Keep Calm and Stay on the Covid Course


I didn’t intend for the mashed potatoes to land in her mouth. 

But it was eleventh grade, we were joking around, and she – my best friend to this day – had landed a comic punch. Unwilling to let her have the last word, I scooped up the mashed potatoes that were already on the cafeteria table when we sat down to lunch. 

I threw the potatoes, my target the empty table over my friend’s left shoulder.  

I wasn’t exactly Babe Ruth pointing to center field because those potatoes landed square in her mouth. 

Now, trade out every “mashed potato” in that story for “coronavirus.” Kind of makes you sweat, doesn’t it? 

In the early days of the pandemic, we were all sweating. Then ennui set in. But everything is closing again, hospitals are filling up, and testing centers are overrun. It’s understandable to feel a little of that April panic. 

Fortunately, Jonathan Lai of The Philadelphia Inquirer shared some thoughts on navigating that panic.  

Lai suggests we start by finding what keeps us calm. For me it’s Jason Statham’s taut and constantly bare torso in The Meg. But you have to go with the torso that works for you. 

Next, Lai says we should remember the measures emphasized since the beginning of the pandemic. Wear a mask. Socially distance. Avoid gatherings. Wash your hands. Don’t touch your face.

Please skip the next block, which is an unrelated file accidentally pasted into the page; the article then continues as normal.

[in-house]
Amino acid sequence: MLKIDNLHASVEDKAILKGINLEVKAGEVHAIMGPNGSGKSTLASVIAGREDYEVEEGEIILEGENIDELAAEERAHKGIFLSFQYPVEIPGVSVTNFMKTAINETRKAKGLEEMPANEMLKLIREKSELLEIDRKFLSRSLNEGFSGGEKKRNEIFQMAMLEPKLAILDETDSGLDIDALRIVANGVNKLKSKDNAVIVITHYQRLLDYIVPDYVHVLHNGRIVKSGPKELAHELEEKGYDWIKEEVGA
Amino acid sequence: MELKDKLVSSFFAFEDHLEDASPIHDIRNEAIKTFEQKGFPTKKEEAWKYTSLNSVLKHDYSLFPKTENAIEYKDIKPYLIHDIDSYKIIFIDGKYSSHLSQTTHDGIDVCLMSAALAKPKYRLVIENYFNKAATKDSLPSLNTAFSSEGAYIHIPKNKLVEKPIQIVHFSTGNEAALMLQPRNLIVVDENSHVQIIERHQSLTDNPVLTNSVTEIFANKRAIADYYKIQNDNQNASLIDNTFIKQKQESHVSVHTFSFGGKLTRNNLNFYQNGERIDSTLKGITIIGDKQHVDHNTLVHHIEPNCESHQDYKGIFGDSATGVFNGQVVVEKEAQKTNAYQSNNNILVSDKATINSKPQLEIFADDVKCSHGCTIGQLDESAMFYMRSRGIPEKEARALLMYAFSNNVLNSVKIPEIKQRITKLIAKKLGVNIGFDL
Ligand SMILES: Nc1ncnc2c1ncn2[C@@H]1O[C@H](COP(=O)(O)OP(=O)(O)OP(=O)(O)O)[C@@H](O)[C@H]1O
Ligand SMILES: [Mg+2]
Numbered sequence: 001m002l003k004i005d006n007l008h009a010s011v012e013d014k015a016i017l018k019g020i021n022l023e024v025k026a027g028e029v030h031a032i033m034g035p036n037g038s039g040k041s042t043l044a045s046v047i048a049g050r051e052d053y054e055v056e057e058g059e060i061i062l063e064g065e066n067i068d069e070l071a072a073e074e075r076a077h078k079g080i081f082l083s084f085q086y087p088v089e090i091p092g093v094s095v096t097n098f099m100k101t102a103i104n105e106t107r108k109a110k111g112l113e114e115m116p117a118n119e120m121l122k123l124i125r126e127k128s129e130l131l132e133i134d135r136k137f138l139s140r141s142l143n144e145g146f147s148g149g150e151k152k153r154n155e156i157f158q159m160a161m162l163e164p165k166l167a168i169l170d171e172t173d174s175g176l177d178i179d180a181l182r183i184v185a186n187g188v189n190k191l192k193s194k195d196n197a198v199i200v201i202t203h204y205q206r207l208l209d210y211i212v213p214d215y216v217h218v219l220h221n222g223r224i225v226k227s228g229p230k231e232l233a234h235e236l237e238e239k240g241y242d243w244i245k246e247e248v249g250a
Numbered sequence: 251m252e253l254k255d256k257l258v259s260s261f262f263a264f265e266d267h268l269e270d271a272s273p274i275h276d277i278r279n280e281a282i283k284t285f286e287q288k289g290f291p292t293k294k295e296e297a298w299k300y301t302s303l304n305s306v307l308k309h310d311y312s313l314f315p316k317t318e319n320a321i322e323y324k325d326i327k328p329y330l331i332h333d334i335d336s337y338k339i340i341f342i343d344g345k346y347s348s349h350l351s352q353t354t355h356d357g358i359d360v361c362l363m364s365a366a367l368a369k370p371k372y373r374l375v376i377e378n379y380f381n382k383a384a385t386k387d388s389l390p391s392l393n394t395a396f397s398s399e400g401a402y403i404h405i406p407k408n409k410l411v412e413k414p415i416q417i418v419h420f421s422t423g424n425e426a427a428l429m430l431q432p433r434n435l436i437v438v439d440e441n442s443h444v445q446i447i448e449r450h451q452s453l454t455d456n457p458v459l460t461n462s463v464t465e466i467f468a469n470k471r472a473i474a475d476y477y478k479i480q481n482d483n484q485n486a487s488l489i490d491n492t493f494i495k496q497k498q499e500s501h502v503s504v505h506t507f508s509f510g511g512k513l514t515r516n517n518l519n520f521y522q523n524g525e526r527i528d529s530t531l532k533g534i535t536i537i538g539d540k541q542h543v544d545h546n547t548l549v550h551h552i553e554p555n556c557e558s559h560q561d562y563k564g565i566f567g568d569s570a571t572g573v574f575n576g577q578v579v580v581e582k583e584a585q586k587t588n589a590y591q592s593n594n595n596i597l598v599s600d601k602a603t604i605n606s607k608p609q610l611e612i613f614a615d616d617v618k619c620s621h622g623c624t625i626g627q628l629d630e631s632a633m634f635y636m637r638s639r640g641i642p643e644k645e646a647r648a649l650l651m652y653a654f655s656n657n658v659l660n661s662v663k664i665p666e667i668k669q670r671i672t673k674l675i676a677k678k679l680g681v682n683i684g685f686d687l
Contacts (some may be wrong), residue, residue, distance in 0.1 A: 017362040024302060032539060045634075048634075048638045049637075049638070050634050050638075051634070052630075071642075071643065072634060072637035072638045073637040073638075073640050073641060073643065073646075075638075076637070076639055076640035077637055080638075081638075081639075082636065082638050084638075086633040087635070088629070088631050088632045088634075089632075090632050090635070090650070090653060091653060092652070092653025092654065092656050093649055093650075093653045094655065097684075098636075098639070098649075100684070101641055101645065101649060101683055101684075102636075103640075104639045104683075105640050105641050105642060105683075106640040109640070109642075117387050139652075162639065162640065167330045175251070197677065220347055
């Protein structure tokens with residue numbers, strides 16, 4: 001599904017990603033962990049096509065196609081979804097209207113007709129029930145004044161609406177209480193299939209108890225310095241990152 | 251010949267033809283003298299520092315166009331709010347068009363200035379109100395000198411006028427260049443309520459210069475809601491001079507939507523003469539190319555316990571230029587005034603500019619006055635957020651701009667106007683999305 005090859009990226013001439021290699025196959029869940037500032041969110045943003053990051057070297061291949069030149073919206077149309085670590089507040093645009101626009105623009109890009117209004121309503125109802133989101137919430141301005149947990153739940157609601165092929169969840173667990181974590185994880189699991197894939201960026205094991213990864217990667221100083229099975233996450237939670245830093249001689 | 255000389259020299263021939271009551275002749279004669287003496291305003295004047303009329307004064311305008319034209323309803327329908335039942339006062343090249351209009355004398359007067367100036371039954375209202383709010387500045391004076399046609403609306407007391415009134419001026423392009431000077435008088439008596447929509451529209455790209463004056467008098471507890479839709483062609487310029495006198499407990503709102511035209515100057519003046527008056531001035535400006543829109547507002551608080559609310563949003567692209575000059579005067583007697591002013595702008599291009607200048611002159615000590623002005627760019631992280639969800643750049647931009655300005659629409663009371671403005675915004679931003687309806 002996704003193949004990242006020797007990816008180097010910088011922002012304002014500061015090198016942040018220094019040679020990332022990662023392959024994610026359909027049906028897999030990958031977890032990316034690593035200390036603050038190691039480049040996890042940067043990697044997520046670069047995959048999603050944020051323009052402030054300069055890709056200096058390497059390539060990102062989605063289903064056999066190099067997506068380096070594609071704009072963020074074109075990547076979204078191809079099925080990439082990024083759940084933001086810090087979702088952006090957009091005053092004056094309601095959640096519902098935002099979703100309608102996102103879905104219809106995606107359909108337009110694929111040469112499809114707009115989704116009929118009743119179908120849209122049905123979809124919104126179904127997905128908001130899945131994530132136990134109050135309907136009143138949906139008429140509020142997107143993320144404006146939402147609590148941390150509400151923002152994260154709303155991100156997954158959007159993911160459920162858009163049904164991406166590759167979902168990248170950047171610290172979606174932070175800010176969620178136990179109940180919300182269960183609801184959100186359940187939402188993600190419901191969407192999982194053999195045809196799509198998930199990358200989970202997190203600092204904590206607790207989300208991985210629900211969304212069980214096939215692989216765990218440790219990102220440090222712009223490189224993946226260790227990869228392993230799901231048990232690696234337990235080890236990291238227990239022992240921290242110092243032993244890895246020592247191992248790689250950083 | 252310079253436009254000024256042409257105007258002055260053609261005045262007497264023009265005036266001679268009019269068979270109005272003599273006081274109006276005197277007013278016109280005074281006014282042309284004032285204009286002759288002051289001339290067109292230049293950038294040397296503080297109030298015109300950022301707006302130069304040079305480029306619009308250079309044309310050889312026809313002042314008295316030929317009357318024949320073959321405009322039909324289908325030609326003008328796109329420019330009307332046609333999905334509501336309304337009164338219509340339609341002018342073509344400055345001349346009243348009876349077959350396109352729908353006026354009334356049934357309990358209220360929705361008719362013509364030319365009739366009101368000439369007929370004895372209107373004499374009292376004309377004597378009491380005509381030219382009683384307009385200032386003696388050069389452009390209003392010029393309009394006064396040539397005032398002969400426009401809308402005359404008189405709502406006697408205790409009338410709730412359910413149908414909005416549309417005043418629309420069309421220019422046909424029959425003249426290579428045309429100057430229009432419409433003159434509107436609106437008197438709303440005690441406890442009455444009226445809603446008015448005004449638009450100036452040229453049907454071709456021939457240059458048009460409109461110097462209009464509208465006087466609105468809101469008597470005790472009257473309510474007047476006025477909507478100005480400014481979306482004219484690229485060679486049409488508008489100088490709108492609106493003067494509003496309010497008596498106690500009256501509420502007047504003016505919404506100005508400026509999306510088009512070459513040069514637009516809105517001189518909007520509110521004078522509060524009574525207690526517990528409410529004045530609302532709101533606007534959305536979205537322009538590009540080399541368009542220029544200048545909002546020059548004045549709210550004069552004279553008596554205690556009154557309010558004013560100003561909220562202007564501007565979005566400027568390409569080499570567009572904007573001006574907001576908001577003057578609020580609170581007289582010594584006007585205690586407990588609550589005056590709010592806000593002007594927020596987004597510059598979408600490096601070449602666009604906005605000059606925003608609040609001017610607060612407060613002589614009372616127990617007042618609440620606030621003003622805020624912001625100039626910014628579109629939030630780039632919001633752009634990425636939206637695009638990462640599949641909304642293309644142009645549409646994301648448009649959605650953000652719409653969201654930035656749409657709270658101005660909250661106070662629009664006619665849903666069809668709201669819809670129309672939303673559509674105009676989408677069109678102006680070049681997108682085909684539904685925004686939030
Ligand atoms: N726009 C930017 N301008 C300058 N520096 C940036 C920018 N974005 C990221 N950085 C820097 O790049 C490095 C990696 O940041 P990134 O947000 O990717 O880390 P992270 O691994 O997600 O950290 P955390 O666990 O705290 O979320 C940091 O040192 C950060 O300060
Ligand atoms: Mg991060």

New data on the virus can be confusing, especially if it contradicts what we thought we knew. But this is the nature of science.

Man spent six million years thinking he’d been Earth’s only inhabitant. Dinosaur bones changed that thought. Had humanity been wrong up to that point? No. We just didn’t have all the information. 

The coronavirus is our twenty-first century dinosaur bone – we’re still learning about it. Information will change.

Reputable sites, like the Centers for Disease Control and Prevention, the National Institutes of Health, or the Harvard T.H. Chan School of Public Health can keep you reliably up to date. 

You’ll also sound really smart on your Zoom Christmas when you start quoting Harvard scientists.  

Or your family will wish they could throw cold, old mashed potatoes at you. 

At least you’ll be in good company. 

Lai’s article can be found here

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